Last week in London, after Scotland Yard threatened to seize photographs of naked children from the Saatchi Gallery, the city's Crown Prosecution Service decided the pictures were not illegal or obscene. The police were acting on public complaints about an exhibition called I Am a Camera,by artist Tierney Gearon, which featured naked pictures of her three children. Similar problems have dogged acclaimed U.S. artist Sally Mann, who made her reputation with her photos of her family in various states of dress and undress.
It's a minefield that would make any parent feel conflicted about physical intimacy with their children. How do we decide what is and isn't appropriate? Is nudity okay? Until what age? What about a father who bathes with his young daughter? Is kissing a baby all over a sensual act? What is the difference between sensual and sexual?
In The Eros of Parenthood, Oxenhandler links adult sexual pleasure with the pleasure a parent gets from touching their child. "Who could deny that adult sexual love evokes the earliest feelings of childhood?" she writes. "Lying naked on a bed, spread out before the eyes of an admiring lover, one is not so far away from the naked baby, lying on his changing table, under his mother's gaze."
The author makes it clear that, although the parent-child romance has all the emotional intensity of adult love, it is non-sexual. "I think we have a very hard time grasping that two things can be similar without being the same", she says.
The book was born from her feelings while waiting for her daughter, Ariel, to emerge from the shower. Standing outside the stall, holding a dry towel as her daughter had asked, she had a "Kafkaesque feeling of guilt, when you simultaneously know you haven't done anything and aren't about to do anything, but yet you feel somehow you're in the wrong."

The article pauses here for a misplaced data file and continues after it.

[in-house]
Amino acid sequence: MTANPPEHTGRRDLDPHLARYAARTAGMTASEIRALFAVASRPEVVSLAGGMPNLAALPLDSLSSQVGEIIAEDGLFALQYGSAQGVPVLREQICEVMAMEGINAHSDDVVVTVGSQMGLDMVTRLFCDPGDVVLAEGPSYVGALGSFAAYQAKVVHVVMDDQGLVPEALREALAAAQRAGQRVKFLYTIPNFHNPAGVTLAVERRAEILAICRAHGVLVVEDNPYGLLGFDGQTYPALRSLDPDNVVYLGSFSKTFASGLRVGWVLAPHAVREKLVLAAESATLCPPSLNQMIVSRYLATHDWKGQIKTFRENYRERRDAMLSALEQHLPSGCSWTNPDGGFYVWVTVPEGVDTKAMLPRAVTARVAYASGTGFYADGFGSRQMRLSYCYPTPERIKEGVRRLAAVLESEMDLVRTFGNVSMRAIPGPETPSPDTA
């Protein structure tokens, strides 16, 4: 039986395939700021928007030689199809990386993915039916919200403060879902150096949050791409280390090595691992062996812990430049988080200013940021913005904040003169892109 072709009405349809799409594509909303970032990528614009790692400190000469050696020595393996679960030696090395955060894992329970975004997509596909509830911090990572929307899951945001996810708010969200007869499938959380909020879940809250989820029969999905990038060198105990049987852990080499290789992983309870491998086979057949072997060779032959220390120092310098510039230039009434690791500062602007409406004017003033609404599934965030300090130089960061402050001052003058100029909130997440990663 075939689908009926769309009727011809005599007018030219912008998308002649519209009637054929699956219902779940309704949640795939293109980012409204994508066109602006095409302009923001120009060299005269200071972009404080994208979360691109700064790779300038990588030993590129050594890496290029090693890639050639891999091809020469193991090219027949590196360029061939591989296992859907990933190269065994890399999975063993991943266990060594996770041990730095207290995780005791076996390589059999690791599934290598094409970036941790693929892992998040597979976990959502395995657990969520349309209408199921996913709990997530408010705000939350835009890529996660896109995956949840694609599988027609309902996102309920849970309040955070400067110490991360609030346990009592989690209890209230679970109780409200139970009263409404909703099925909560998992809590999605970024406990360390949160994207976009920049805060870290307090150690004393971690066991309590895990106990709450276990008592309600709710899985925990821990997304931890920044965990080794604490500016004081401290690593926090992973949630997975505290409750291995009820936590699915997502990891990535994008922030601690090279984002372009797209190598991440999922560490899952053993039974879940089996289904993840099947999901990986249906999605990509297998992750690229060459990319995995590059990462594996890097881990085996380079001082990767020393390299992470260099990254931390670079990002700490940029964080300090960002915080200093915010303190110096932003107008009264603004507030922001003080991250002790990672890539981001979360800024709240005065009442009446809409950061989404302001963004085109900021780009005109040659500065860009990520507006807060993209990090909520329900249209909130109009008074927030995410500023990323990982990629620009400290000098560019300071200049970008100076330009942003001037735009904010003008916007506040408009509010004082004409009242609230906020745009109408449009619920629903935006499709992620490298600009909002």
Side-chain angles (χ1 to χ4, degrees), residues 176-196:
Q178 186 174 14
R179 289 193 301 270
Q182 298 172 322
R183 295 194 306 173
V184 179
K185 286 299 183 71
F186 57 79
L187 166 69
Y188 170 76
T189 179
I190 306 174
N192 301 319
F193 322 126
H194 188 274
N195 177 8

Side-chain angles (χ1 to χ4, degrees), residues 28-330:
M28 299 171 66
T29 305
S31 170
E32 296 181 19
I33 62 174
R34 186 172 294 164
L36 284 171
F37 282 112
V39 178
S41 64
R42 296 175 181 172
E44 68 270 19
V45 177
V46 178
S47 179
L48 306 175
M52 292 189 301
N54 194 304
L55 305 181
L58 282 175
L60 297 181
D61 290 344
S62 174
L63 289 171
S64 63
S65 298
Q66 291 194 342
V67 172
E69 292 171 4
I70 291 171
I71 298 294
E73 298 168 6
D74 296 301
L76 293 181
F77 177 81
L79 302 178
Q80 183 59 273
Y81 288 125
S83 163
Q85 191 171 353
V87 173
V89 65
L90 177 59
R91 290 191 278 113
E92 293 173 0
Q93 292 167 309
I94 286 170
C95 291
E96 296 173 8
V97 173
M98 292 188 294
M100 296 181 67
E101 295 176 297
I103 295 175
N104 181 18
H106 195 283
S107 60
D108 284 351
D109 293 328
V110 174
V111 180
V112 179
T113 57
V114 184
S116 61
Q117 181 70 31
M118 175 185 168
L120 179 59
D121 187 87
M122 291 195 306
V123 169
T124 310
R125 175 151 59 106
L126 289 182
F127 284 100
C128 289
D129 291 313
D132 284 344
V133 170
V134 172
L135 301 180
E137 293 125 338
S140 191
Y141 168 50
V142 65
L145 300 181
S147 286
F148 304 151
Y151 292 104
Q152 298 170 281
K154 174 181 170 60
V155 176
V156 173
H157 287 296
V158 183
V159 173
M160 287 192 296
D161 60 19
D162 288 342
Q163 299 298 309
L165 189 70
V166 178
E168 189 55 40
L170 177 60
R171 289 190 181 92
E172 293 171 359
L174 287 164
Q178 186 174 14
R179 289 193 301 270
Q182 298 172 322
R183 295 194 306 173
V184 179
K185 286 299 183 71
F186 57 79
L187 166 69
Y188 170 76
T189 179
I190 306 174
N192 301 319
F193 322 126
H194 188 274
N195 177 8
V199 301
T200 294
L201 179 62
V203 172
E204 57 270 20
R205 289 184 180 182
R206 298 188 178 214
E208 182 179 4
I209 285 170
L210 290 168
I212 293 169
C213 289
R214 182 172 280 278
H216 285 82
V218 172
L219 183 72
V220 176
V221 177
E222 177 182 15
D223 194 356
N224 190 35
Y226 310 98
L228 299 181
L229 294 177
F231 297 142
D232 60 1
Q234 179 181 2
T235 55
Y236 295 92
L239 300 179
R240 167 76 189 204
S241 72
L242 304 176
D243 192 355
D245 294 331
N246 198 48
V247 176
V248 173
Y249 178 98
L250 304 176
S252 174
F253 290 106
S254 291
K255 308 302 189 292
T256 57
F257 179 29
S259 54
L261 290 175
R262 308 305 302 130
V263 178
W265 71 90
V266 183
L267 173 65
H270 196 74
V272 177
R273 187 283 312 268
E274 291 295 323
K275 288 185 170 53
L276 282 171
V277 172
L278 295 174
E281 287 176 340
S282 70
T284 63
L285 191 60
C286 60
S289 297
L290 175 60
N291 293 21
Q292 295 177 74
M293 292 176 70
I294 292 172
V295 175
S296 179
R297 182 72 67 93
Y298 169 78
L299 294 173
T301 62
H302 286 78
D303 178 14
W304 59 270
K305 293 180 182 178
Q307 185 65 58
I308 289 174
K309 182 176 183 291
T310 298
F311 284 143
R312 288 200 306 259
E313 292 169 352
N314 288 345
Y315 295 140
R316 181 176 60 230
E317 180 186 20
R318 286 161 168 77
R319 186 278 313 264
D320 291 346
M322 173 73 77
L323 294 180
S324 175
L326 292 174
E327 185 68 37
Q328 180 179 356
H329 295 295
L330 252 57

Talking to friends, she found she was not alone. They, too, sometimes felt embarrassed or fearful that someone might interpret their physical relationships with their children as exploitive or abusive. Oxenhandler blames this on a "global cooling in the public sphere", driven by heightened public awareness of childhood sexual abuse.
Just as social workers, teachers and camp counsellors are careful not to touch their charges in any way that could be misconstrued, Oxenhandler thinks parents, too, are pulling back for fear they might be wrongly accused, like Andrew Minsk. Oxenhandler believes that children need physical intimacy to develop to their full potential, and that parents need to be more hands-on.
Not everyone agrees. Pediatrician Ken Finkel, a professor emeritus and member of the Child Advocacy and Assessment program at McMaster University, says parents' expressions of love for their children are very individualized. Most of it goes on at home, where there are no prying eyes.
"I don't believe that parents are inhibited in their interactions with their children because they're afraid of who is looking over their shoulders", he says. "I think it's entirely a matter of personal style -- and cultural style, for that matter."
And just because a parent is less demonstrative doesn't mean their children will be emotionally impaired, he says; there's more than one way to get a message across. For example, telling a child he is doing a good job conveys precise information. Reinforcing that praise with a squeeze on the shoulder is even better. But if a parent just walks up to a child and squeezes him on the shoulder, the message isn't clear.
The pediatrician, however, finds it interesting that photographs of naked children are somehow the exception. "There are some hints that ... it might be inappropriate to take pictures of your children nude beyond a certain age because of the risk that somebody -- and it's a kind of a Big Brother somebody -- might misinterpret, especially when you get into the child pornography stuff."
At Memorial University's School of Social Work in St. John's, professor Ken Barter calls Oxenhandler's claims extreme. "I haven't read the book, but I don't seem to follow that thinking at all", says Barter, who holds the chair in child protection at Memorial. "I think that maybe it's an interpretation that's taken to the extreme on something that's very beautiful in terms of child nurturance and child care ... the bonding and the attachment and all these things."